Mexico
guadalajara protest

Guadalajara protest over Mexico’s ‘George Floyd’

Hundreds of protesters took to the streets and clashed with riot police in Guadalajara one month after the killing of a construction worker at the hands of local law enforcement. The rally climaxed with the storming of the Jalisco state government palace, where protesters smashed down the front door and left graffiti on the exterior walls. Police cars were also set on fire. Bricklayer Giovanni L√≥pez, 30, was beaten to death by municipal police in the town of Ixtlahuac√°n de los Membrillos after being stopped for failure to wear a face-mask, in violation of mandatory measures to contain COVID-19. State authorities failed to act on the case for a month; it was only after the explosion of anger on the streets of Guadalajara that Jalisco’s Prosecutor General announced the arrest of¬†three police officers involved in the incident. (Photo: Notimex via¬†Yucatan Times)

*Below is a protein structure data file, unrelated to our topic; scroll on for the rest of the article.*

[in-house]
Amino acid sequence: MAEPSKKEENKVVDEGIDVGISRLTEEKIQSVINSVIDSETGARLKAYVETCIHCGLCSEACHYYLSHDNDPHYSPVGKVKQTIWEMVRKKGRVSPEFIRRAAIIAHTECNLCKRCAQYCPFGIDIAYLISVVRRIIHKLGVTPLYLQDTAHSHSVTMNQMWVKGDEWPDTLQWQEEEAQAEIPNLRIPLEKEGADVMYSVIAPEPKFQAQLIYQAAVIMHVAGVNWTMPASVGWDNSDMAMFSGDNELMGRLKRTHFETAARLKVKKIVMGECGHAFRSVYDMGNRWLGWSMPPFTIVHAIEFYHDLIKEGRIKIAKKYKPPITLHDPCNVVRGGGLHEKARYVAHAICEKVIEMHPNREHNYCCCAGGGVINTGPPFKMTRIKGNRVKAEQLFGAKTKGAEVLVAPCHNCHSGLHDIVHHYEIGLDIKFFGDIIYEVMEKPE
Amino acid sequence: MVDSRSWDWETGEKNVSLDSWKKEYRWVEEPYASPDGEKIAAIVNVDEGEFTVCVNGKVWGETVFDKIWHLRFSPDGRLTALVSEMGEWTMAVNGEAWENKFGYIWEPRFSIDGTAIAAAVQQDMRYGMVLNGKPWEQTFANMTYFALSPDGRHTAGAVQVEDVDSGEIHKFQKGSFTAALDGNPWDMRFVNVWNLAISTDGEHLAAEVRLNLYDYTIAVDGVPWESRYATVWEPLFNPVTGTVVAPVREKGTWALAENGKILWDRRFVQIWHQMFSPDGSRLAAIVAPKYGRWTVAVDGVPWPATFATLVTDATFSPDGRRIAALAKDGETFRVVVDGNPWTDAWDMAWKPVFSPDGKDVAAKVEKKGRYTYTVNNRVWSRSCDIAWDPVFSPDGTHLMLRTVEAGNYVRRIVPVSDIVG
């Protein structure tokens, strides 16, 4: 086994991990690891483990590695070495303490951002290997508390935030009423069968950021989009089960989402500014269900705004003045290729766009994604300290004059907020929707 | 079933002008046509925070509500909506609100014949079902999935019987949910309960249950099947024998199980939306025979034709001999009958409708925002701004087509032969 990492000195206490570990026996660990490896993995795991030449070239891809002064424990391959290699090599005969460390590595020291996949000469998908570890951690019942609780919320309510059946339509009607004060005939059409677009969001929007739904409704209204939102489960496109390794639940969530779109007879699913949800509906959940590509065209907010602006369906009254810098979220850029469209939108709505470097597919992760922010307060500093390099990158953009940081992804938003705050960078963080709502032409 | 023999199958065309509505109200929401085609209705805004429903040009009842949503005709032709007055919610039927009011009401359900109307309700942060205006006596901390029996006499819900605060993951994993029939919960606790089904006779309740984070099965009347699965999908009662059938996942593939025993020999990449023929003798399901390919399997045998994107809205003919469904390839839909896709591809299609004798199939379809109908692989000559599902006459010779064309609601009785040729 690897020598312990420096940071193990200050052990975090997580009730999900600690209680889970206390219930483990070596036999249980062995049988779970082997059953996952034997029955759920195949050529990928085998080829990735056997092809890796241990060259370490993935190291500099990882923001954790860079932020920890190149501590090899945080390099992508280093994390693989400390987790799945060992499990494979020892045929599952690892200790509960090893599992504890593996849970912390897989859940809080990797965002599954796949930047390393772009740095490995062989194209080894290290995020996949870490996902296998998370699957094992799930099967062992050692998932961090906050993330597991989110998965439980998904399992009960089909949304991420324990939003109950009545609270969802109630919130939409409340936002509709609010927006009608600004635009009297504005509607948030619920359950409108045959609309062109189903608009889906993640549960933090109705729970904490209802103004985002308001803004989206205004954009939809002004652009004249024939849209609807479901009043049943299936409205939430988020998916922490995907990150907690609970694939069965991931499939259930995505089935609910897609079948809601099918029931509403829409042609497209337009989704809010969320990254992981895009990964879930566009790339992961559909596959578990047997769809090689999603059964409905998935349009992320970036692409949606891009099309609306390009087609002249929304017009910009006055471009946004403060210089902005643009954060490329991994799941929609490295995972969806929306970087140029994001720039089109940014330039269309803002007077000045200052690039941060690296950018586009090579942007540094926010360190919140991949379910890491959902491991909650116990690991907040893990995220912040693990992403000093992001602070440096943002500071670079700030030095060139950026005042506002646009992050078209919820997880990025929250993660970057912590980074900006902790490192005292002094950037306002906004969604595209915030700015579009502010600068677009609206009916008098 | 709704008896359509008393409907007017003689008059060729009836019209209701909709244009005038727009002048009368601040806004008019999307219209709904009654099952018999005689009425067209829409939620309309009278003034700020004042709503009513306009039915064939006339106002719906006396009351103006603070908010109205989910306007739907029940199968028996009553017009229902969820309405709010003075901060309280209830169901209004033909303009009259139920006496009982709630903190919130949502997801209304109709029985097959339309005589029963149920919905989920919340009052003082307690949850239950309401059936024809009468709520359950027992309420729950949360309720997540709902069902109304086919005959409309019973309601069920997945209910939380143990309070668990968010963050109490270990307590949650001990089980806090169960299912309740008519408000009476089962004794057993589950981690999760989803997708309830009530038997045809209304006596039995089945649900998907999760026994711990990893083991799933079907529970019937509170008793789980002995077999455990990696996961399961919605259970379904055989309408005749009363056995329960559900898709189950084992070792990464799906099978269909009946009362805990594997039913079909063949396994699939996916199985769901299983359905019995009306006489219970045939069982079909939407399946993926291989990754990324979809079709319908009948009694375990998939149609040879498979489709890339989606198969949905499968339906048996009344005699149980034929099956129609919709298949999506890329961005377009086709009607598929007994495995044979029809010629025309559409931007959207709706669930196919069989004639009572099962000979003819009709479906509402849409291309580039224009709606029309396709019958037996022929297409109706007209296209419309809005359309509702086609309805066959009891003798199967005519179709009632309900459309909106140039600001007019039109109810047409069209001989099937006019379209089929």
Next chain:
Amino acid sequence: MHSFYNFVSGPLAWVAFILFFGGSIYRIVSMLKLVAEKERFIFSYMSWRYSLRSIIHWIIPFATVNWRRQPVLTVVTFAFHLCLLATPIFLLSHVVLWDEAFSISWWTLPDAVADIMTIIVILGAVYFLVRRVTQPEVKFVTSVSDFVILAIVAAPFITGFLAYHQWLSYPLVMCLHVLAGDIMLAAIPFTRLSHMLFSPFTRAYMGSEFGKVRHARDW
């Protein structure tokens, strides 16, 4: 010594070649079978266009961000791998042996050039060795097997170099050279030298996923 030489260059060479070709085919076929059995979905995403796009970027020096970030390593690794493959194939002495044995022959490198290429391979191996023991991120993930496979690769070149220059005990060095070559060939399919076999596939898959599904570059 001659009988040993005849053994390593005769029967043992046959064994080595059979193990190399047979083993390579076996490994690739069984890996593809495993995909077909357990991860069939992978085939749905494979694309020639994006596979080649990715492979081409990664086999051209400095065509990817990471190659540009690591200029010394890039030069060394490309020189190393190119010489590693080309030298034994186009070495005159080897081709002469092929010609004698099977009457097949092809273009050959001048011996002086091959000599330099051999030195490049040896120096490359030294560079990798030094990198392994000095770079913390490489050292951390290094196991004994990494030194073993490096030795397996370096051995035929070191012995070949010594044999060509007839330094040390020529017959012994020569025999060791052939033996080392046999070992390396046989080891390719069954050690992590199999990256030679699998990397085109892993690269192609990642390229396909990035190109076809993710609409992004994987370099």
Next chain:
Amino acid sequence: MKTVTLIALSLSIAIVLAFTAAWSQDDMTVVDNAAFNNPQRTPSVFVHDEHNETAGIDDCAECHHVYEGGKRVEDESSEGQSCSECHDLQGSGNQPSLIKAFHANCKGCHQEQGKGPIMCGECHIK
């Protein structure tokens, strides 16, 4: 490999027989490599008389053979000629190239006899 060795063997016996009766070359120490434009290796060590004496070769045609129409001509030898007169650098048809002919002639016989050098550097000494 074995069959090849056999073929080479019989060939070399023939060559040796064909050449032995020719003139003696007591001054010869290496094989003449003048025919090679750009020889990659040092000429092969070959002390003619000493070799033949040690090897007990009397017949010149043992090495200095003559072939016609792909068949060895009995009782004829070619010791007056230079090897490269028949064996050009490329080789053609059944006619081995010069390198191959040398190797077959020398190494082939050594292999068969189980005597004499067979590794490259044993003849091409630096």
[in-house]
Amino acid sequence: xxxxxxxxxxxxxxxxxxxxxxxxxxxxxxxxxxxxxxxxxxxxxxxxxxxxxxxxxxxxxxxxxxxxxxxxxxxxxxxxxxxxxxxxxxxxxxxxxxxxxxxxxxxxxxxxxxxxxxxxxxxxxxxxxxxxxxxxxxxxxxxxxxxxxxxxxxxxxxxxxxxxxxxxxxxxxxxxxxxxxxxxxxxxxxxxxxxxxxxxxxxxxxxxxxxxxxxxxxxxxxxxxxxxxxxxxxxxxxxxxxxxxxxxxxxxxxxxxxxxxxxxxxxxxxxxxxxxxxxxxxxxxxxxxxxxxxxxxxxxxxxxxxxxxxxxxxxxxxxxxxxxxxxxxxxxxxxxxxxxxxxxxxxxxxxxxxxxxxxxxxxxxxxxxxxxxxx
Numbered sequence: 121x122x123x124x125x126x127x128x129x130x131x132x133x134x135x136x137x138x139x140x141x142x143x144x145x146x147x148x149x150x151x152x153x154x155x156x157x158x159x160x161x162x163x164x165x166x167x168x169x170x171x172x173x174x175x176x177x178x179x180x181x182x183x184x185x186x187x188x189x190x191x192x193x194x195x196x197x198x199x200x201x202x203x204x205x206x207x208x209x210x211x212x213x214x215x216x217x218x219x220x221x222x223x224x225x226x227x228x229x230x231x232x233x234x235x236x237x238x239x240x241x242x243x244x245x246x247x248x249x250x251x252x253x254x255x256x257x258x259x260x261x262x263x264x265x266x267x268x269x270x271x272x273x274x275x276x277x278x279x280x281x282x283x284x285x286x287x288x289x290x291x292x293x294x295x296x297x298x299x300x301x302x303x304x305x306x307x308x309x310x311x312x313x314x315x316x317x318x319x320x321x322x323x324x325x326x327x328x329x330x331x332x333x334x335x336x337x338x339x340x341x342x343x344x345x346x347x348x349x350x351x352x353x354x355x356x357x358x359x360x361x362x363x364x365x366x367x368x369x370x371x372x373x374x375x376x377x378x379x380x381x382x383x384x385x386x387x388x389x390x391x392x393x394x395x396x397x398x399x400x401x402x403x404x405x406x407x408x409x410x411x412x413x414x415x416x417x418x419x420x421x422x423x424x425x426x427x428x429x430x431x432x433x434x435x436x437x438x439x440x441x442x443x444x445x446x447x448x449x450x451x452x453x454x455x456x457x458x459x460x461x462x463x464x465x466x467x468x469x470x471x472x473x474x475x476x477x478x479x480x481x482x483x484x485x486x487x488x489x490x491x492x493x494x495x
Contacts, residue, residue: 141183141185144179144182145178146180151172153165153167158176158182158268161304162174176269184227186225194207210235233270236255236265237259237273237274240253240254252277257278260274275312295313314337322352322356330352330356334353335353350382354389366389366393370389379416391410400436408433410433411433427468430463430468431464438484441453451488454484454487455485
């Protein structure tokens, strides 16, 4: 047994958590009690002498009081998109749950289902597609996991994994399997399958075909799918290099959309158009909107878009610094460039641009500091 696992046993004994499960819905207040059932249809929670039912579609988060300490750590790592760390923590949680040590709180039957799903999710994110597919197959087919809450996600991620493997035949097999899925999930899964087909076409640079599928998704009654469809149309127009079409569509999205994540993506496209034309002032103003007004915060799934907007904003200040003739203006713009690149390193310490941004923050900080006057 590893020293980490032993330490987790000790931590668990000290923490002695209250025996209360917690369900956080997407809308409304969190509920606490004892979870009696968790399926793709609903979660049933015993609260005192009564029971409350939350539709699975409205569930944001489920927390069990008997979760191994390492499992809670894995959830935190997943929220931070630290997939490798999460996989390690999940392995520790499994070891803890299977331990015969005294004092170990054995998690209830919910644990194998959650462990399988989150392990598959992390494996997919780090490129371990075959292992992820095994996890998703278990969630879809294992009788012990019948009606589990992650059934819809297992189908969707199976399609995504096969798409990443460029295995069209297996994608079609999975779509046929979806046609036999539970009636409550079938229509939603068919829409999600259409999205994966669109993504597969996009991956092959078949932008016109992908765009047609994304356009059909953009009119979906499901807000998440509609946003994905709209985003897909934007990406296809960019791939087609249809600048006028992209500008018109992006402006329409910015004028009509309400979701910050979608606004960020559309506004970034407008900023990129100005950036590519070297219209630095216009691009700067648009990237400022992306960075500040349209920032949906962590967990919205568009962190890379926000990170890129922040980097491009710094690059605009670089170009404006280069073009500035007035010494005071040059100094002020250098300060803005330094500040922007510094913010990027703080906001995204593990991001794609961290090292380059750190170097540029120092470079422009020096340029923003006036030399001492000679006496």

Mexico
Ad√°n Vez Lira

Mining opponent assassinated in Veracruz, Mexico

The office of the UN High Commissioner for Human Rights has condemned the assassination of Mexican environmental activist Ad√°n Vez Lira, who was shot while riding his motorcyle in the municipality of Actopan, Veracruz. Vez Lira worked with the Veracruz Assembly for Environmental Defense Initiatives (LAVIDA) to oppose mining operations that threaten local water sources. Gold and silver exploitation by the Canadian-based Almaden Minerals and Candelaria Mining are encoraching on the borders of La Mancha Ecological Reserve and contaminating springs and wells in nearby villages. (Photo via: El Imparcial)